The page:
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Trying out the middle path, merging the professional with informal approaches. By Sathya Prakash Varanashi 

Trying out the middle path, merging the professional with informal approaches. By Sathya Prakash Varanashi 

Can we try imagining how the Harappan houses were built about 5,000 years ago? How a small architectural project or a house was possibly planned and managed few hundred years ago? Can we imagine a time with no professional architects, engineers, plumbers or electricians? Did the masons, or even the owners, designed and built all by themselves? 

For the surprise of most large city dwellers, the above may happen even today in small towns and villages. Constructions go on informally with few masons and hardly any drawings. It works out economical with same designs repeated, hence no improvements in functionality, stability, durability, beauty or any such qualitative measures. This is not to claim that only professionalism improves buildings, which also can be questioned.

Fixing a door

In a project at VAST Centre by DESHA, the middle path was tried out, merging the professional with informal approaches. A small dedicated team of architectural volunteers worked with one mason, one fabricator team and a few hand-drawn drawings. Designing was concurrent with constructing, systems were tried out along the project, details were sketched at site and materials were procured locally as required. Above all, most parts of the project were managed by students and architects working at site with the spirit of volunteering.    

Volunteers at the STEP cottage

Volunteers at the STEP cottage

The following could be listed as the lessons learnt. 

Evolving during constructing: Pre-conceived designs dictate how to build in the conventional modes of project management, which does not let ideas evolve. Fear of going wrong, need to fix the budget in advance, material supply chain or organising skilled human resources could be cited as the reasons. Fair enough, but once we let go of this procedure, wonders can be achieved to evolve a building unlike any other. Critics may see dozens of scopes for perfection and improvements, but let us remind ourselves, they also make the building sterile and predictable. As long as the final outcome of the project becomes one balanced fusion of ideas, it stands apart. 

Handmade cottages: The project stands out with the touch of hands, rustic and creative. It of course lacks the refinement of a tendered professional construction finished with machines and tools. Typical contractual systems would have demanded full set of drawings, quotation document called Bill of Quantities (BOQ), all materials specified in advance and construction system detailed out. All clarity and no confusion with skilled people repeating what they know, would have been good too, but the hand-made cottage has a different charm.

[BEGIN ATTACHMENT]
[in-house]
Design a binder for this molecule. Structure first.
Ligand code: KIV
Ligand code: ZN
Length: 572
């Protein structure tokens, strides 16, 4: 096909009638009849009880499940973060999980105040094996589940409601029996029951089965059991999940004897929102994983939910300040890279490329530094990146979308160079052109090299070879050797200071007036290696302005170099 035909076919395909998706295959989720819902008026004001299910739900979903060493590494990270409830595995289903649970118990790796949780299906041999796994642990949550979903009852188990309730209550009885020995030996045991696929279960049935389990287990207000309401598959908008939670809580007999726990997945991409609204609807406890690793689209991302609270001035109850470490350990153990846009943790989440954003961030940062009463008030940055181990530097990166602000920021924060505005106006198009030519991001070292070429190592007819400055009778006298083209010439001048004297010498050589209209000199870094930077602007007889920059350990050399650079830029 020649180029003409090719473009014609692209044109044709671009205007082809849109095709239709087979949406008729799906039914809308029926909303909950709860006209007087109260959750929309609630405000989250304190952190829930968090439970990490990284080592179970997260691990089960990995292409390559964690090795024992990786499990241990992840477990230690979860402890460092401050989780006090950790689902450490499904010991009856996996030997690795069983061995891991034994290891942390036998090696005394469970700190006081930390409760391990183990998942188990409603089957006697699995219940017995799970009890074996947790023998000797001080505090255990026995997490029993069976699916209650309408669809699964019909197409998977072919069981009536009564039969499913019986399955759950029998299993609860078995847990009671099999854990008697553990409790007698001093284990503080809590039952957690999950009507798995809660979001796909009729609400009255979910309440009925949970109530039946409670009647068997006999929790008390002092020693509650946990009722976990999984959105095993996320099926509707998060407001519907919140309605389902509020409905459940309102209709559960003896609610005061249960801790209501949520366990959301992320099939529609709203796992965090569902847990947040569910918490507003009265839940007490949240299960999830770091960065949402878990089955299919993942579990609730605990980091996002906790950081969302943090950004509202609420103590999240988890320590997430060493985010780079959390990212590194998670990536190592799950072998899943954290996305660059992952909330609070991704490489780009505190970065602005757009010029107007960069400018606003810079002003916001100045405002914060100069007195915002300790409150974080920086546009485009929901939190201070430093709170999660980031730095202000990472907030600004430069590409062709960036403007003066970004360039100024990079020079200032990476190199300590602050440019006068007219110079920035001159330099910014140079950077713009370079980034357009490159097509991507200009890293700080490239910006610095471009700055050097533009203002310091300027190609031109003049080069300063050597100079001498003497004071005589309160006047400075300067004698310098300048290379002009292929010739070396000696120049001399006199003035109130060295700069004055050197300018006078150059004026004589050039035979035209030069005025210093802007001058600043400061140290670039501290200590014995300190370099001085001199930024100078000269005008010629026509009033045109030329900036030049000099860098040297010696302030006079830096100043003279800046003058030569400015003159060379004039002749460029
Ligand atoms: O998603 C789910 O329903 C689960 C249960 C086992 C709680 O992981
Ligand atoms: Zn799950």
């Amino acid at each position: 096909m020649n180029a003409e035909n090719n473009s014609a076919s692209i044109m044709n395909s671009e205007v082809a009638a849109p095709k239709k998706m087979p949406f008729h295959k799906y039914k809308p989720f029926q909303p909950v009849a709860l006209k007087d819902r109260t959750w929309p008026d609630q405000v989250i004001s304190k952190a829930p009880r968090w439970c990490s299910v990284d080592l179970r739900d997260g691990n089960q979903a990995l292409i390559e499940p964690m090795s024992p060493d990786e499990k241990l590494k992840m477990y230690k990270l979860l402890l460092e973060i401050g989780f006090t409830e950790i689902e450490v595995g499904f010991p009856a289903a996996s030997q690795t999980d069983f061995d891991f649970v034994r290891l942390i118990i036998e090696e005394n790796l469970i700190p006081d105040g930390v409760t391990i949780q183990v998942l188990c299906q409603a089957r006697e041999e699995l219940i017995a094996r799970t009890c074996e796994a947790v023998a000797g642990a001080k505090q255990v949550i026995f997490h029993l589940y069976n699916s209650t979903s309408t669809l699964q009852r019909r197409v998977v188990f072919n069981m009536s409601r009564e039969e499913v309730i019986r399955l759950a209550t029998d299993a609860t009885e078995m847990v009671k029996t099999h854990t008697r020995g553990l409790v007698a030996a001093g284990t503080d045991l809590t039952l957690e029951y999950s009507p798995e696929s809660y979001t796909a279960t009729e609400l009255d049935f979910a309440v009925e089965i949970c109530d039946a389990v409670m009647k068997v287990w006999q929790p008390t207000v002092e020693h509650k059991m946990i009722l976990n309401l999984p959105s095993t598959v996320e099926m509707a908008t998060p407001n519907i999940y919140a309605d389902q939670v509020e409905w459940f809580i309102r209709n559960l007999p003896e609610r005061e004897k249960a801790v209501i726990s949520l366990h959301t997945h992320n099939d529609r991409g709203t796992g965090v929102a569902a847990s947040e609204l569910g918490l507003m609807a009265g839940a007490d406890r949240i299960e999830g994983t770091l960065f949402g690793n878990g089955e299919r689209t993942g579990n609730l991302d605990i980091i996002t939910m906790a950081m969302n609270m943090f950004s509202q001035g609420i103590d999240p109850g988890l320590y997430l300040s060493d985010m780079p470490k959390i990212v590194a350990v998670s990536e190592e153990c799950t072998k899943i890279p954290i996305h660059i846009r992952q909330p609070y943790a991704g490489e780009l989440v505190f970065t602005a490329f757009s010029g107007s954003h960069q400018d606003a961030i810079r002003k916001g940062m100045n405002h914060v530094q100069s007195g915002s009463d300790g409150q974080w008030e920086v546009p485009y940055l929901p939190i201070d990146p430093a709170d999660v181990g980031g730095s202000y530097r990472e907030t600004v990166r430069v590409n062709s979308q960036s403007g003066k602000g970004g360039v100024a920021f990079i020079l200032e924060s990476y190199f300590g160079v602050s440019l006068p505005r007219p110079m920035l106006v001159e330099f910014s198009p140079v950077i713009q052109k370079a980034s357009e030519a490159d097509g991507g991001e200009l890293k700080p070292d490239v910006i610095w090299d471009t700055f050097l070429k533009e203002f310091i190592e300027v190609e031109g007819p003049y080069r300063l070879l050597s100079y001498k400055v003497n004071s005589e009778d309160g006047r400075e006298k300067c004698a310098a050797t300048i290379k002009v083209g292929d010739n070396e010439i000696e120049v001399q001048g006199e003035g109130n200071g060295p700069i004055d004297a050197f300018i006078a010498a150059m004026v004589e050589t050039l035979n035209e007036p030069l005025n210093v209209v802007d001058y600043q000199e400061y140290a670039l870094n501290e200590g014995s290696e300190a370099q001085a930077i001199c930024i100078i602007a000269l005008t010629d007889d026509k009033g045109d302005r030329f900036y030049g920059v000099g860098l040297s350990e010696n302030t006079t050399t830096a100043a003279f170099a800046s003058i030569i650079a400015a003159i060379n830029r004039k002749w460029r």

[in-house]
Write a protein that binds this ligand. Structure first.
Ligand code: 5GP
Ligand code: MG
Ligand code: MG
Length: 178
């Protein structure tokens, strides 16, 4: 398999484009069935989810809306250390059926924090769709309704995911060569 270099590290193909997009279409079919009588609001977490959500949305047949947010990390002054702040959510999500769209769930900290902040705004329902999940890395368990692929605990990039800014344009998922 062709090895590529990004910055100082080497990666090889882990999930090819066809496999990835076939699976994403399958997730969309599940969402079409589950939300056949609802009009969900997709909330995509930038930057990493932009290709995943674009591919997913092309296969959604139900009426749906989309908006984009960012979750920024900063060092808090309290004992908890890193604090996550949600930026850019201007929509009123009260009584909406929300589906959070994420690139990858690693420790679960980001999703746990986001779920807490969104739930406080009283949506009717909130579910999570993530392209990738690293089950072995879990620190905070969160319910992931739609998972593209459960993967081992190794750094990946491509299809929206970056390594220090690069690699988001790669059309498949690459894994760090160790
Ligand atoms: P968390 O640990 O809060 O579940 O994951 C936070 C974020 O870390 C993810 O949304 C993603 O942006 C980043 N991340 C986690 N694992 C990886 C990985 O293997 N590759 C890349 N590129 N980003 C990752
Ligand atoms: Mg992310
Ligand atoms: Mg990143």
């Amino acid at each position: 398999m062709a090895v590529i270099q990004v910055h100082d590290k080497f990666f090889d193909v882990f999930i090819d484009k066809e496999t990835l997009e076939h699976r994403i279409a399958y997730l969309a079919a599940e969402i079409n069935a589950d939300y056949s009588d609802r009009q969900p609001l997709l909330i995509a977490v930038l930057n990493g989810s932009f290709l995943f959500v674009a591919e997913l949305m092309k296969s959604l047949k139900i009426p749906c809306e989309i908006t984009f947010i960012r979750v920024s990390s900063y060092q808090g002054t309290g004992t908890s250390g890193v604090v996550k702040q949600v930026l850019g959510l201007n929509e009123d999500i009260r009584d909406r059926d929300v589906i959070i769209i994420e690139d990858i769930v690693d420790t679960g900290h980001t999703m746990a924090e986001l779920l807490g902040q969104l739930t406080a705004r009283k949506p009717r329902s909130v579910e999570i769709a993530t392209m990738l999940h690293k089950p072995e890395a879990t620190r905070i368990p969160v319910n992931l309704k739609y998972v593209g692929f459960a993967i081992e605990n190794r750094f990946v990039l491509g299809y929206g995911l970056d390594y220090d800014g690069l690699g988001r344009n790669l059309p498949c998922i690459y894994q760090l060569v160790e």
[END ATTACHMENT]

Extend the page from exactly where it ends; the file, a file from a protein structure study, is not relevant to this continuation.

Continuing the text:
Volunteer-driven process: The paid mason team and volunteering people’s team have different attitudes, which makes all the difference in the final outcome of the project. Of course, skill sets too vary, however not every construction task demands high skills. Traditionally, most village owners built their own houses with no prior experience at all, suggesting that expertise, skills and such others emerged with the professionalism rising in construction industry. De-professionalising is different from being unprofessional, where volunteering can play a role. 

Aesthetics of materiality: The visible shift from manufactured materials, clean cement plastering and chemical paints was made possible by wall surfaces looking like murals, mud plastering offering micro shading, hybrid looks by fusion of multiple materials and overall profile of the cottage lacking routine house form.  

Purpose-led project: Projects have functional expectations, but every expectation need not be pre-defined. We may start with the macro planning, get to next level and finally into micro planning at the end. There also could be some iterative mode where the micro may suggest macro modifications. However, evolving the needs as we go along with concurrent designing and building ensures every act at site has a purpose. Such purpose-led process ensures least of wastage, appropriate intervention, cost controls and effective management. 

Immersed in the present conventional systems, the design build approach will demand patience, perseverance and some practice. It may not suit all kinds of building types, but where it suits, it will lead to new architecture –  site specific, sensitive and sustainable.  

(The author is an architect working on eco-friendly designs and can be contacted at varanashi@gmail.com)

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